Take aging. It's true that testosterone naturally decreases as we get older, but according to the Kinsey Institute's 2010 National Survey of Sexual Health and Behavior, 63 percent of partnered men aged 70 and up report having sex at least a few times a month.
In fact, age has little effect on sexual desire when other more influential factors like sexual function and health, predisposition towards sex, and relationship closeness are taken into account.
Science also provides a picture of how often the average adult does the deed: 54 times a year, or about once a week, according to a 2017 study published in Archives of Sexual Behavior. As for duration of copulation, there's a study for that, too. When participants were asked to time themselves between penetration and ejaculation, one study from 2005 found that the average length of intercourse was just 5.4 minutes.
But that's not to say these are set benchmarks. Writing in Social Psychological and Personality Science, a team of researchers concluded that having sex more than once a week doesn't necessarily increase feelings of well-being. And there was a huge amount of variation in the study about duration of intercourse–from 33 seconds to 44 minutes, or an 80-fold difference.
The truth is that there's no "normal" amount of time or frequency any person should be having sex, couples counselor Raffi Bilek tells Health.
"Couples often make the mistake of shooting for some number in order to feel okay about their sex life," he said. "The truth is that whatever is comfortable for you and your partner is your normal. You don't need to be having sex any more or less than you'd like."
Is bigger necessarily better? Many men seem to think so. According to a study published in the journal Psychology of Men and Masculinity, 45 percent of men are dissatisfied with the size of their member and want it to be larger–even though only 2 percent of people have erect penises larger than 8 inches. Most stack up anywhere between 4.5 and 6.5 inches, according to the Journal of Sexual Medicine.
Testimonials also reveal that averagely endowed men have nothing to be ashamed of, despite what they might glean from porn or pop-culture. Men with "problematically large" penises say they face many challenges–from finding large enough condoms, to social stigmas that can affect relationships, and navigating how to have sex without causing discomfort to themselves or their partner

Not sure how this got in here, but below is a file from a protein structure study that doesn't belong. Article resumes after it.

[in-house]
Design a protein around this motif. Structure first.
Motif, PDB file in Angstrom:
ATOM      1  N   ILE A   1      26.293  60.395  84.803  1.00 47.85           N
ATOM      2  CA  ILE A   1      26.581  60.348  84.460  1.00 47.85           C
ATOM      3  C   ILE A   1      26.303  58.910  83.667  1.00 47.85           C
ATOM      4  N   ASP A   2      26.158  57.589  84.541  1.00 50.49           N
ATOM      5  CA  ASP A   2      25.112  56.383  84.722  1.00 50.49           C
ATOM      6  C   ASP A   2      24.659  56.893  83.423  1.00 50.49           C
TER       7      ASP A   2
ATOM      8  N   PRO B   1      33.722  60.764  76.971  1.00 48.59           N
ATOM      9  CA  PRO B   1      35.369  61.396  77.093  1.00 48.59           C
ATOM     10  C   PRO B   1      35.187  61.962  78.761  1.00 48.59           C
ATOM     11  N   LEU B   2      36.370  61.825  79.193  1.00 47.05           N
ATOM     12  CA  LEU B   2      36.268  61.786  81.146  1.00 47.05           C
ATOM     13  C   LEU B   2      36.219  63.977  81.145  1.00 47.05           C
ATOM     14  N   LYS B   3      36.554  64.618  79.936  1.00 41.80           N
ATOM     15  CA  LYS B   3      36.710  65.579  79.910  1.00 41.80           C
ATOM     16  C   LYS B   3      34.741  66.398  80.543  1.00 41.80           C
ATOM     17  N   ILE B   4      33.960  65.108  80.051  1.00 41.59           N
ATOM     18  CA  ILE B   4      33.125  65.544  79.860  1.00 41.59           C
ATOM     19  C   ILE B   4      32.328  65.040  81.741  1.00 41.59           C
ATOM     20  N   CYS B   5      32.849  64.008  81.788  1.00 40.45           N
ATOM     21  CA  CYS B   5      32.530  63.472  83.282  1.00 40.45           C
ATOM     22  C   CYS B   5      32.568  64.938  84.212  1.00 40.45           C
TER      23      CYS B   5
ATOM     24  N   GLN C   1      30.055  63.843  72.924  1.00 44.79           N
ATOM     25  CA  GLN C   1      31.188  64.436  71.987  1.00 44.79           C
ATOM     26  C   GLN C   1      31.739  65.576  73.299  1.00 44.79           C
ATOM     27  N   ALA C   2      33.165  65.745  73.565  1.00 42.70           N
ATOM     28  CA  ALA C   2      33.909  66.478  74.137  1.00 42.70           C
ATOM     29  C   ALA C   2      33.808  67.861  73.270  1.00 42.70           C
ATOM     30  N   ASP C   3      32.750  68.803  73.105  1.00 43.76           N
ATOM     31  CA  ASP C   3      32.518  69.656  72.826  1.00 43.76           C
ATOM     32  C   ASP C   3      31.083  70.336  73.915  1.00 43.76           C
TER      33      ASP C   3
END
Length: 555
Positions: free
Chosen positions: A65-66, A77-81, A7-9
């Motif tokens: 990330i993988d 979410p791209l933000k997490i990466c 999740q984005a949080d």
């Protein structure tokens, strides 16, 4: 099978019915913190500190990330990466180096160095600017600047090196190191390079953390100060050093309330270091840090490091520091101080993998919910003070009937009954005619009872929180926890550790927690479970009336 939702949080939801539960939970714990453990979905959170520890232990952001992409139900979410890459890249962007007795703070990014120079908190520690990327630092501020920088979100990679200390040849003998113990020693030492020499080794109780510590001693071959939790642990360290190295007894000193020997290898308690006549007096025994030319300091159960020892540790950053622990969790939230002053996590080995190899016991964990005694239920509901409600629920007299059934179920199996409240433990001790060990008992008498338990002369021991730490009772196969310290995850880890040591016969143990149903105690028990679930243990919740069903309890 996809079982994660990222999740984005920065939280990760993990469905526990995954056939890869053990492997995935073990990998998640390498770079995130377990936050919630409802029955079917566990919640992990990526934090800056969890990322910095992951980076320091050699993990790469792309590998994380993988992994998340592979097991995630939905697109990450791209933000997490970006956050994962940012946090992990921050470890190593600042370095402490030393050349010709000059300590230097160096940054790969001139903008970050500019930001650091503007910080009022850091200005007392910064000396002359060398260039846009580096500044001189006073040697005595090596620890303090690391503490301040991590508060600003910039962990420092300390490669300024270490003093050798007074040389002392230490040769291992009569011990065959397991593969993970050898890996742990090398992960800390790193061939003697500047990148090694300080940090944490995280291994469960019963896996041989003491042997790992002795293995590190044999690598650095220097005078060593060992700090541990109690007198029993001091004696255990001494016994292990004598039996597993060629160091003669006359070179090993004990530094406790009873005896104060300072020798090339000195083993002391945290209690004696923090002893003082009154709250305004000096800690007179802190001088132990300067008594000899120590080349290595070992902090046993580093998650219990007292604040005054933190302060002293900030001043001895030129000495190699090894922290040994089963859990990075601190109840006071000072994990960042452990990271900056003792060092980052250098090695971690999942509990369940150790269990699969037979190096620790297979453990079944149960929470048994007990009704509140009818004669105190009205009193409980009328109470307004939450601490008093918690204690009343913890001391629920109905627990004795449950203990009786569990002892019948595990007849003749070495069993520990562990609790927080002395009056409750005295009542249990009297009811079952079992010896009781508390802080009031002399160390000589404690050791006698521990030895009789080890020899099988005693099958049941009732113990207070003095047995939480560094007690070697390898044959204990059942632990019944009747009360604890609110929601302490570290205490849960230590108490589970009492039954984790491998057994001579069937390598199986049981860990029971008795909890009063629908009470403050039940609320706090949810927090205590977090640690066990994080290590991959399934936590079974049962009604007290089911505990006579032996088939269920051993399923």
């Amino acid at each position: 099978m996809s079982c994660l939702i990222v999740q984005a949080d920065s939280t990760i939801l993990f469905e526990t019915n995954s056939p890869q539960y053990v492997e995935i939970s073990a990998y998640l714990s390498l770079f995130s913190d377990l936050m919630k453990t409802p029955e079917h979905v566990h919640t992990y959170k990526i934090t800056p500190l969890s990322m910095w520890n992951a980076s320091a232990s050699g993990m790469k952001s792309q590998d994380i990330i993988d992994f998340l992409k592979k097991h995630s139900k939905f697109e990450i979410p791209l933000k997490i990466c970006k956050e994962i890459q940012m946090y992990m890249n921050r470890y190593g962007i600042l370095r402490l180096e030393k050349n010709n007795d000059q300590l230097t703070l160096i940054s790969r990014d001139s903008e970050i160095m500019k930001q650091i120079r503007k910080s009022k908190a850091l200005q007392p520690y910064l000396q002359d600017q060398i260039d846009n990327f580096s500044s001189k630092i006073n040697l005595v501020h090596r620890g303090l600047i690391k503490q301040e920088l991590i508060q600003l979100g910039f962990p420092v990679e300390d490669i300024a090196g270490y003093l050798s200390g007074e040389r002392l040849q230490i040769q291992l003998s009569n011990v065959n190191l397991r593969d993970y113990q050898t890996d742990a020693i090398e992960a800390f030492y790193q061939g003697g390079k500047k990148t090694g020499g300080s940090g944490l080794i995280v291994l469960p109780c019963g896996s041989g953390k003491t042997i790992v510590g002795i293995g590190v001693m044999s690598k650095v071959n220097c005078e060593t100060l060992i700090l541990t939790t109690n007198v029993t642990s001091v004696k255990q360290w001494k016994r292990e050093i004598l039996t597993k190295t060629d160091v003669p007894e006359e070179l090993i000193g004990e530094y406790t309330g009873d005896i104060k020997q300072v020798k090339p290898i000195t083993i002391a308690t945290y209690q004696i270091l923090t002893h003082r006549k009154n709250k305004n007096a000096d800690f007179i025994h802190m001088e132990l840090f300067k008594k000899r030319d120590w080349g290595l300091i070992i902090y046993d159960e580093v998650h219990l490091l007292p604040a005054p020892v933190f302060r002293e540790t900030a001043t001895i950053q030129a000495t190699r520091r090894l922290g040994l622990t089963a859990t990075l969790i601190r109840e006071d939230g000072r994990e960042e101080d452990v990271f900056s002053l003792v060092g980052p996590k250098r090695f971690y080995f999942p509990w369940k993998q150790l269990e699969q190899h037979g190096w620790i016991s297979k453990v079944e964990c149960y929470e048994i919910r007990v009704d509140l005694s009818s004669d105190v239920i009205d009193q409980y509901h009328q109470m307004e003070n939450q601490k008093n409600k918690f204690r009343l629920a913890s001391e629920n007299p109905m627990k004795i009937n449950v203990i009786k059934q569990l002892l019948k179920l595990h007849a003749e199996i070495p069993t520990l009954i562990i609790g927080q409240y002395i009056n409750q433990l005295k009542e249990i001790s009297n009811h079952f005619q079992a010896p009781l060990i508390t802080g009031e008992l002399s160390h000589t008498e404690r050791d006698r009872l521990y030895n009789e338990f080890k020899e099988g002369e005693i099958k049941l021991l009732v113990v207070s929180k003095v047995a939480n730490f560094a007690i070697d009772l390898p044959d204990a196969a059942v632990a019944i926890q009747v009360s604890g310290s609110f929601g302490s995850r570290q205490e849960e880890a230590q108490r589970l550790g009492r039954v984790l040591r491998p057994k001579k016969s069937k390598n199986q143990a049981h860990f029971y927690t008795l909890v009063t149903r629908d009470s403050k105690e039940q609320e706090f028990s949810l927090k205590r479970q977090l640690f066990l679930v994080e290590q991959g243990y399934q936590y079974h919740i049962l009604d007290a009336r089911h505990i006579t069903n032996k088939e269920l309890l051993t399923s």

A recent study from the Universities of California and New Mexico backs up those sentiments: Women actually prefer an average-sized penis (6.4 inches) for one-time encounters as opposed to a whopping appendage.
Ultimately, the bulk of your penis plays an outsized role in sexual mythology, sex advice columnist Dan Savage concludes. Those struggling with penis size could follow the guidance of transgender folks or female-identifying individuals, he adds: any combination of rubbing, sex toys and/or intimate play can be just as–if not more–satisfying as penetrative and oral sex. It's all a matter of discussing preferences with your partner.
A new online movement has gained popularity among straight, male-identifying individuals: #Nofap. The erstwhile Reddit thread preaching the health benefits of abstaining from masturbation and intercourse is now a self-described forum to support individuals struggling with porn addiction and sexual compulsions.
These issues are real, and many people may find that a break from coitus or self-satisfaction is a worthwhile step to help reset unhealthy behaviors. But #Nofap takes things a bit further in its claim that prolonged abstinence results in increased levels of testosterone. Because the naturally occurring hormone is indeed linked to improved mood and motivation, muscle growth and physical prowess, #Nofap's claims have been problematically coopted by right-wing groups and misogynists like the Proud Boys.
Scientists, however, say that the link between increased testosterone and abstinence is spurious at best–more reliable are the numerous studies documenting the benefits of sexual activity, biochemist Daniel Kelly writes in The Conversation. Whether it's the release of endorphins after an orgasm, a better grasp on sexual desires and pleasures, or physical rehabilitation following prostate surgery, science dependably points to masturbation as a net-positive behavior.
Moreover, negative perceptions of masturbation can cause psychological stress, guilt and anxiety that can actually decrease testosterone levels–the exact opposite of what #Nofap claims to help men achieve.